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Society 08/03/2017

What is the point of International Women's Day?

Al Jazeera

When the whole world is built for men, devoting 24 hours to women is radical

Today is International Women’s Day. Or, to give it its alternative title, “When is International Men’s Day?” Day. For those on Twitter who find themselves in desperate need of an answer to this question, comic Richard Herring can be relied upon to be doing a sterling effort most of today. As he does every year, his Twitter output today is likely to be a series of tweets informing those who have suddenly found themselves burdened with a burning need to agitate for men’s rights that International Men’s Day is, in fact, on the 19th of November.

Of course, while Herring is technically right, there is an alternative answer to this question, and that is, every other day of the year. Because in the world we live in, something doesn’t have to be explicitly labelled male for it to be focused on men.

The news media isn’t called the male news media, and according to the latest research from the Global Media Monitoring Project, men accounted for 76 per cent of those heard, read about, or seen in newspaper, television and radio news. Medication is not called “male medication”, and yet research indicates that women are almost twice as likely to have an adverse reaction to a drug than men, and 80 per cent of drugs withdrawn from the market are due to unacceptable side effects in women. Car crash test dummies are not called “male car crash test dummies”, and yet until 2011, that is exactly what they were: dummies designed around the male body, meaning that when women are involved in a car crash, they are 47 per cent more likely to be severely injured than a man in the same crash.

“Something doesn’t have to be explicitly labelled male for it to be focused on men”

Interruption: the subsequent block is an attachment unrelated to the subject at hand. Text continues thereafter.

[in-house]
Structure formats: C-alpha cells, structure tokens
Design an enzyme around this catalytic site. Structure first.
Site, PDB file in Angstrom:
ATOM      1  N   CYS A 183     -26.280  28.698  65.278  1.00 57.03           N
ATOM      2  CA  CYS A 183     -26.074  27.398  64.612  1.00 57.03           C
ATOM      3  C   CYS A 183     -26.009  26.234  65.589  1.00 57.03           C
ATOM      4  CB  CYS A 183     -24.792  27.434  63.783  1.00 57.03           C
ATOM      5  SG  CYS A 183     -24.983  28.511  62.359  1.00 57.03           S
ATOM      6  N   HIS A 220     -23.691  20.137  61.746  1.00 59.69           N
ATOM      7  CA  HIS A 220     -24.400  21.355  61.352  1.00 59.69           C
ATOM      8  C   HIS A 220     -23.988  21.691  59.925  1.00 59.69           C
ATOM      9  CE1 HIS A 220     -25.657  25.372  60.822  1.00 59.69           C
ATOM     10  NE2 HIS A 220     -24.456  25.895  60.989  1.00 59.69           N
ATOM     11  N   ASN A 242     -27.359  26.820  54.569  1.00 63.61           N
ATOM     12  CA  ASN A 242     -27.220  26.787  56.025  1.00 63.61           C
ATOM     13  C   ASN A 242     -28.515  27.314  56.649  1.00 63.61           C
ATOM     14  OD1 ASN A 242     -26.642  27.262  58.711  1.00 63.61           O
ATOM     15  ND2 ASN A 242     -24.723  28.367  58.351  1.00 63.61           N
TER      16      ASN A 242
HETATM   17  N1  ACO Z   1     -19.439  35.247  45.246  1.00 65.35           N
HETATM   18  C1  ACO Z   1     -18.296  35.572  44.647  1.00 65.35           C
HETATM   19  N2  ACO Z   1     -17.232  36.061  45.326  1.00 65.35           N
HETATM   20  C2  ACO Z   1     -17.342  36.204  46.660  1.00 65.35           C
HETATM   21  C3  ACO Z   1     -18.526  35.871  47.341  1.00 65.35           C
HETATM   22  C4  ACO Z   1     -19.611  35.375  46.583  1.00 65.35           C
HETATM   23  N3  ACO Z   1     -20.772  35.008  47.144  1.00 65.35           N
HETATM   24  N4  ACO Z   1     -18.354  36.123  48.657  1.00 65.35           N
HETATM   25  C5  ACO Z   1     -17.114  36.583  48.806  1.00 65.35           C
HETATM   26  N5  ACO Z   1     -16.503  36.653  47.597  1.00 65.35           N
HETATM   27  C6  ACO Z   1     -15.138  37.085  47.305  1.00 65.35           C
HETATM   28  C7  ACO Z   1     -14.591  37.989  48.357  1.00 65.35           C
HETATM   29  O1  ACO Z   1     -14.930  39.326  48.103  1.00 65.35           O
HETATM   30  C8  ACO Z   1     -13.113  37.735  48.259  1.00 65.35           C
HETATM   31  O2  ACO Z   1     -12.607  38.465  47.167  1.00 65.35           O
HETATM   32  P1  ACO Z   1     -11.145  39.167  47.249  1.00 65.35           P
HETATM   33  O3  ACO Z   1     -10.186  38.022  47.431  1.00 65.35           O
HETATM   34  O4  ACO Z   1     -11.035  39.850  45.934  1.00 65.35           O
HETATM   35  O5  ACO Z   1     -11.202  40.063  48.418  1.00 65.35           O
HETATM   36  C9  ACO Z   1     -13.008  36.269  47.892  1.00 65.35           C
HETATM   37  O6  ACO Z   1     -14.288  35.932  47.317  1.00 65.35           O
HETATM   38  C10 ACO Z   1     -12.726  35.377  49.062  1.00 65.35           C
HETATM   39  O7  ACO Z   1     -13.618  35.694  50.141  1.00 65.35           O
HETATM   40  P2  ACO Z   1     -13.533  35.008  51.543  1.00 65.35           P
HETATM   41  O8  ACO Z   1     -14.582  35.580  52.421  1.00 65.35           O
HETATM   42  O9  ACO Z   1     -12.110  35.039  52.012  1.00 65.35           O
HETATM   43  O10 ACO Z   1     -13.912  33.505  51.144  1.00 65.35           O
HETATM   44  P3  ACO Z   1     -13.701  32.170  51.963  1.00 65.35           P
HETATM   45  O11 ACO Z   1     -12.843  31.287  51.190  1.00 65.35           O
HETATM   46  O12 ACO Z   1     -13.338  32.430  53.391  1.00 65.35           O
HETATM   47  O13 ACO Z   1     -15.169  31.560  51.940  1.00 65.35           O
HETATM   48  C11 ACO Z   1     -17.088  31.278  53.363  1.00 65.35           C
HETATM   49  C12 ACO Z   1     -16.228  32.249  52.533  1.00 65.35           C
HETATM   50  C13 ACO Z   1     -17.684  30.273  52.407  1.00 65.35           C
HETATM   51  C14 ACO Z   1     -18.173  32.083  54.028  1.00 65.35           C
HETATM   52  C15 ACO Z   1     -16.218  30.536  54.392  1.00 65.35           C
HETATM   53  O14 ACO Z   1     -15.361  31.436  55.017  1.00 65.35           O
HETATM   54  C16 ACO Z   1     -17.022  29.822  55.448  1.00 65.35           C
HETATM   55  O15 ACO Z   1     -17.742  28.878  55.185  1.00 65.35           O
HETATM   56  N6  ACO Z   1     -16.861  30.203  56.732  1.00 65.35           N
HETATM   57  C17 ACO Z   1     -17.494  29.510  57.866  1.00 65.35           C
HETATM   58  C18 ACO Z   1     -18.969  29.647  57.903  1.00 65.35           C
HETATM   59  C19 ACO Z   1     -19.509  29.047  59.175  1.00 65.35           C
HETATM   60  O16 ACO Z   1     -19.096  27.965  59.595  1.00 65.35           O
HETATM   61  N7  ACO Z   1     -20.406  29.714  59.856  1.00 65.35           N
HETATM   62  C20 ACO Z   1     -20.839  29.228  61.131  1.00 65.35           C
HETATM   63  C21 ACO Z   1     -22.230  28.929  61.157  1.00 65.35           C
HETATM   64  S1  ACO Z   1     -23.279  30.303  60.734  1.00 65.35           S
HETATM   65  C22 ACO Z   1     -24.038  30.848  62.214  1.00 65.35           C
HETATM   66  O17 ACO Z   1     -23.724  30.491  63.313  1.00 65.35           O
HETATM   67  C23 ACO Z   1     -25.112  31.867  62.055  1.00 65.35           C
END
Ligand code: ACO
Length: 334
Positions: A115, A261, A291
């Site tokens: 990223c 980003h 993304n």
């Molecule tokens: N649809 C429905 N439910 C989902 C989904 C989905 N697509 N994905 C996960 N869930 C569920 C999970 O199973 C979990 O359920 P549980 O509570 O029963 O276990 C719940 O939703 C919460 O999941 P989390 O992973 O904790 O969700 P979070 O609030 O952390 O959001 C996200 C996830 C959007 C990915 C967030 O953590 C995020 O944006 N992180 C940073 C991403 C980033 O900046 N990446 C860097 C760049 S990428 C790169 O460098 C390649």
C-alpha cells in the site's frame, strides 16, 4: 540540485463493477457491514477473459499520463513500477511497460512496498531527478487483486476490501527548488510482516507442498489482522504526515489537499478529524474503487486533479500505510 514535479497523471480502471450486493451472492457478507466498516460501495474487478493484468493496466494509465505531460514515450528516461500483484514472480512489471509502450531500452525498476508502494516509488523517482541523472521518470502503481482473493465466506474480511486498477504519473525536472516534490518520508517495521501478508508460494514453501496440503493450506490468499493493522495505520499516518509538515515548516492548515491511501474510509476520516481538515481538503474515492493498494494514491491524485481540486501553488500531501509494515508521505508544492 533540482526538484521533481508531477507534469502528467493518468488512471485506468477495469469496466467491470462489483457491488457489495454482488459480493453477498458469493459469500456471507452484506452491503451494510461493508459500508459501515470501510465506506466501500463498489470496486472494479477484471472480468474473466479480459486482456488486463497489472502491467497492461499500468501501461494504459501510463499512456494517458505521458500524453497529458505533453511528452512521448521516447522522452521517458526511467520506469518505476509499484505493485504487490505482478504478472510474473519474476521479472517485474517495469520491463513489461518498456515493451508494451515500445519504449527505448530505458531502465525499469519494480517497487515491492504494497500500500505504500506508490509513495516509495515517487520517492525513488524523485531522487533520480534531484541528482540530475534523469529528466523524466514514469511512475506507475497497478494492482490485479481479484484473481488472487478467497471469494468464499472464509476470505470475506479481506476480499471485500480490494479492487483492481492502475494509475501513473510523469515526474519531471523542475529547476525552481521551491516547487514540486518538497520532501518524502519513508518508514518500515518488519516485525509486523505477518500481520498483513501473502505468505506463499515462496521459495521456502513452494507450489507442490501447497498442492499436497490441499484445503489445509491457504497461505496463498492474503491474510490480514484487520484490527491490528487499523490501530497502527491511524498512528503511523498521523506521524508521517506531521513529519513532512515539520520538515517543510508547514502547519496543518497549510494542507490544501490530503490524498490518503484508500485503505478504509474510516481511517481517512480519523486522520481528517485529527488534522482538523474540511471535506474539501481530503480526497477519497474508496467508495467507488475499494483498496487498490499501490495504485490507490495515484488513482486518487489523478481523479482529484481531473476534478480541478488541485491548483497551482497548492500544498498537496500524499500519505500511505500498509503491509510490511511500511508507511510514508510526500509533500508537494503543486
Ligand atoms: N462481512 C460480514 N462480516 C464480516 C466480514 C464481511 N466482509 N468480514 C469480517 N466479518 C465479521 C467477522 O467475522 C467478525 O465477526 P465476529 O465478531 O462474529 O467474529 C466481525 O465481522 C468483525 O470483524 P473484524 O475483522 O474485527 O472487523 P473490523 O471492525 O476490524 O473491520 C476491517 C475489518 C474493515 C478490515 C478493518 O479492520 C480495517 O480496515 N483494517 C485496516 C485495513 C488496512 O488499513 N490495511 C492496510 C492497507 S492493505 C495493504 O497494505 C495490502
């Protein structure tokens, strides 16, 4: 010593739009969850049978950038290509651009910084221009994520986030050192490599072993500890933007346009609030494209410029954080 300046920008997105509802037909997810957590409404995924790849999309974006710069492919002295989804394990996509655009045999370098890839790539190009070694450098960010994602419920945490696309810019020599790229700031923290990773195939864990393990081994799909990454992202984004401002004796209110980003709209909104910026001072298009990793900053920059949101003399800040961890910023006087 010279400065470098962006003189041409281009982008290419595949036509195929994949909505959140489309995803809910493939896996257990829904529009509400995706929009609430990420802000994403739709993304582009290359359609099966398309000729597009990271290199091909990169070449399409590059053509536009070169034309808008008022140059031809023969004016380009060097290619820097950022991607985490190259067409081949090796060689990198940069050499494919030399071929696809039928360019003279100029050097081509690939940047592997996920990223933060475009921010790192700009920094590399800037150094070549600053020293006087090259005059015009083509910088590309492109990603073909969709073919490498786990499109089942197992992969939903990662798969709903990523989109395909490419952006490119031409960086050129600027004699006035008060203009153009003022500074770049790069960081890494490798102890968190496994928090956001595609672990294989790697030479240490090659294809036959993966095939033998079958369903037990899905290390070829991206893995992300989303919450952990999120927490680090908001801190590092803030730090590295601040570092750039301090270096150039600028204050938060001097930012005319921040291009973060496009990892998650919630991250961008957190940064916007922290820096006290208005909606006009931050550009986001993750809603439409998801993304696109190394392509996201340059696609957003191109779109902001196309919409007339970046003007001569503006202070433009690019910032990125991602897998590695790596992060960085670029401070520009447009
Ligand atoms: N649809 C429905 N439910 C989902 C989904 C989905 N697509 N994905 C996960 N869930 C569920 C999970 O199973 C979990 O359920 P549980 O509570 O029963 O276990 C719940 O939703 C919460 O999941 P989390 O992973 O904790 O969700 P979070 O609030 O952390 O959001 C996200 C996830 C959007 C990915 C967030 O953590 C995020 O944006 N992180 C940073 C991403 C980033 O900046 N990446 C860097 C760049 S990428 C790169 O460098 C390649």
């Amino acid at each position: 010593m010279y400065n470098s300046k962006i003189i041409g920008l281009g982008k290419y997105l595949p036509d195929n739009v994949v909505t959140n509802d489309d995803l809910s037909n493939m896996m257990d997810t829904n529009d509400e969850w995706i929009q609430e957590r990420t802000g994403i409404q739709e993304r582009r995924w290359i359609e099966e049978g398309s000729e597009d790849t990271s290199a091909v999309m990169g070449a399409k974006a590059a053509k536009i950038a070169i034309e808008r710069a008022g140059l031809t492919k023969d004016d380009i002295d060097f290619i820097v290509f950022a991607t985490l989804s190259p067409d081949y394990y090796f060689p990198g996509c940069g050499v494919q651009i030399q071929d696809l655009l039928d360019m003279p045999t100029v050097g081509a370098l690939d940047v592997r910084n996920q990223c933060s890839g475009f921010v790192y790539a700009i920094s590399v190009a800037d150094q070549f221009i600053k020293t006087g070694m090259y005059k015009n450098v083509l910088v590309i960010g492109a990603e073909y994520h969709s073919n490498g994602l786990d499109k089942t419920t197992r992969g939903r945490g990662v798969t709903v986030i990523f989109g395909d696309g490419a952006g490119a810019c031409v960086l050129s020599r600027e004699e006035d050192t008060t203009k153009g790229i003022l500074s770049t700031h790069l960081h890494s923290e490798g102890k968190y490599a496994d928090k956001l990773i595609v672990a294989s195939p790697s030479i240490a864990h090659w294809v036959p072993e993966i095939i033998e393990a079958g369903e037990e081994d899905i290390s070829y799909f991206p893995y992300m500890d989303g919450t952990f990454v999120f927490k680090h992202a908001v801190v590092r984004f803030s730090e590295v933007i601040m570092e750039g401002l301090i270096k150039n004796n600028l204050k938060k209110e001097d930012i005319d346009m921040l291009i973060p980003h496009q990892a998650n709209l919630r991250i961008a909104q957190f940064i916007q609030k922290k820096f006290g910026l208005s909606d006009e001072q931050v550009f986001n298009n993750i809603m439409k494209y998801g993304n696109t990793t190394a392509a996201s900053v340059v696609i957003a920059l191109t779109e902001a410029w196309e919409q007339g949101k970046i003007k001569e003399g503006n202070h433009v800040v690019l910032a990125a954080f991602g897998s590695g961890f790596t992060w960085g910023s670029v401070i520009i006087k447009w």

The silent male focus extends to government policy. Consider the 1951 UN Convention on Refugees. This was not called the UN Convention on Male Refugees — but perhaps it should have been, because, admirable as the convention’s intentions were, they have made it much harder for a woman to claim asylum than a man. To claim asylum, you first must leave the country you are fleeing from — a much more onerous proposition for a woman who is more likely to live in poverty and less likely to be in formal employment and therefore is less likely to be able to get a visa and travel legally. She may also be coming from a country where she cannot travel without a male guardian — and her male guardian may well be the person from whom she is fleeing.

Assuming she does manage to make the trip and arrive in the country in which she wants to claim asylum, she will have to prove that the discrimination she faces fits into one of several boxes that include things like sexuality, political affiliation, and religious belief, but do not include sex. Given sex is one of the main reasons women are persecuted – it’s why they face, for example FGM, or domestic violence – it is more or less impossible for a woman to claim asylum without access to a good lawyer.

“The government does not provide any analysis of how the budget will impact women”

Today, a new budget will be announced. It will not be called “a budget for men” – and there is no reason to think it is going to be particularly good news for the majority of men. But unless it radically departs from every other budget from the past, it is likely to be even less good news for women. It will be hard for us to know exactly how badly women will be affected, because despite the fact that women and men have different policy needs the government does not provide any analysis of how the budget will impact on women. This is despite the fact the Public Sector Equality Duty says that all decisions taken by a public body must “pay due regard to the need to eliminate discrimination and promote equality of opportunity”. Hard to prove due regard If you don’t provide us with any analysis. Luckily, a non government body, the Women’s Budget Group, will be doing what they do at every budget, and providing us with their own analysis. My pro-tip for #IWD17: give them a follow on Twitter. But I warn you: it won’t to be pretty.

Let us return to the opening question. In this world where women are ignored in government policy, misrepresented in the media, silenced in public spaces (both on and offline), and underserved by medical science, is there a point to International Women’s Day? You will probably be unsurprised to hear that I conclude that yes, there is. Until we live in a world where we take women into consideration as a matter of course, until women go without saying, just as men do, until “woman” can mean human just as naturally as “man” does. Until then. Then, yes, there is still a point to have a single day in the year where we explicitly focus on women. A single day a year isn’t going to make all the changes we need. But, as evidenced by the howls of outrage with which certain quarters of the internet react to this day every year, having even a single day that focuses on women is still a radical act.

Caroline Criado-Perez is a freelance journalist, feminist campaigner and co-founder of The Women's Room.